- Interfaith Alliance
- Interfaith Arkansas
- Interfaith Center at the Presidio
- Interfaith Center of New York
- Interfaith Council of Central Florida
- Interfaith Council for Peace and Justice, Ann Arbor
- Interfaith Ministries for Greater Houston
- Interfaith Paths to Peace
- Interfaith Youth Core
- Islamic Center of Greater Cincinnati
- Islamic Education & Resources Network (ILearn)
- Islamic Networks Group
- Islamic Society of Greater Houston
- Islamic Speakers Bureau of Alabama
- Islamic Speakers Bureau of Arizona
- Islamic Speakers Bureau of Dallas/Fort Worth, Texas
- Islamic Speakers Bureau of Edmonton, Canada
- Islamic Speakers Bureau of Greater Houston
- Islamic Speakers Bureau of Saint Louis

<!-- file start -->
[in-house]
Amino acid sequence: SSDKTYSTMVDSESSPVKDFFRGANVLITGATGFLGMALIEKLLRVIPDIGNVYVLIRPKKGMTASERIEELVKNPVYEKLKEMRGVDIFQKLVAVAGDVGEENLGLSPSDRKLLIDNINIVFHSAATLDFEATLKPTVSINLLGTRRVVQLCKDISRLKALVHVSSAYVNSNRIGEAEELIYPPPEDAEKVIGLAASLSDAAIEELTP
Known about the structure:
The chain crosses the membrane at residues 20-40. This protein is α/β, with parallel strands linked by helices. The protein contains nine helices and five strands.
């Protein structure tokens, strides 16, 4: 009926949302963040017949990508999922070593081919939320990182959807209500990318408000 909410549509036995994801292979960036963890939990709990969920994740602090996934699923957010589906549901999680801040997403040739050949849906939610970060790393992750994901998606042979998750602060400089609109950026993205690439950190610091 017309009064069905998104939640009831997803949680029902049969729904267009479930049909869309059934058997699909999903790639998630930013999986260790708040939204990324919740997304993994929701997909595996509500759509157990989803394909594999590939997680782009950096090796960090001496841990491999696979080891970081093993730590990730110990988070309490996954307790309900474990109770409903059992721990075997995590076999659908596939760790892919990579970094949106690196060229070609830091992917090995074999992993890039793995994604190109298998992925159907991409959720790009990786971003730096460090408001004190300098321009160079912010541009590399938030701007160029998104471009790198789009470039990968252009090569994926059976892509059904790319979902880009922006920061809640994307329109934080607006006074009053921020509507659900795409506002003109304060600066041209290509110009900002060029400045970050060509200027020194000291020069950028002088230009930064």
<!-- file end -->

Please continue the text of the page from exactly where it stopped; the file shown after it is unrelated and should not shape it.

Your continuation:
- Islamic Speakers Bureau of San Diego
- Islamic Speakers Bureau of Santa Barbara
- Jewish Council for Public Affairs
- Lutheran Social Services of the Southwest
- Minnesota Interfaith Power and Light
- Monmouth Center for World Religions and Ethical Thought
- Muslim Coalition of Connecticut
- Muslim Community Center, East Bay
- National Council of Churches
- National Sikh Campaign
- Network of Spiritual Progressives
- New Jersey Islamic Networks Group
- Religions for Peace USA
- Religious Action Center for Reform Judaism
- San Francisco Interfaith Council
- Seattle Islamic Speakers Bureau
- Shoulder to Shoulder Campaign
- Silicon Valley Interreligious Council
- Sisterhood of Salaam Shalom
- South Coast Interfaith Council
- Speakers Bureau of Nebraska
- Spokane Interfaith Council
- Tikkun Magazine
- Tri City Interfaith Council
- United Religions Initiative
- United We Dream Houston
- Uri L’Tzedek: The Jewish Orthodox Social Justice Movement
- Valley Beit Midrash: The Jewish Pluralistic Center
- Washington Ethical Society
- Welcoming Gainesville
- Wisdom Circle Ministry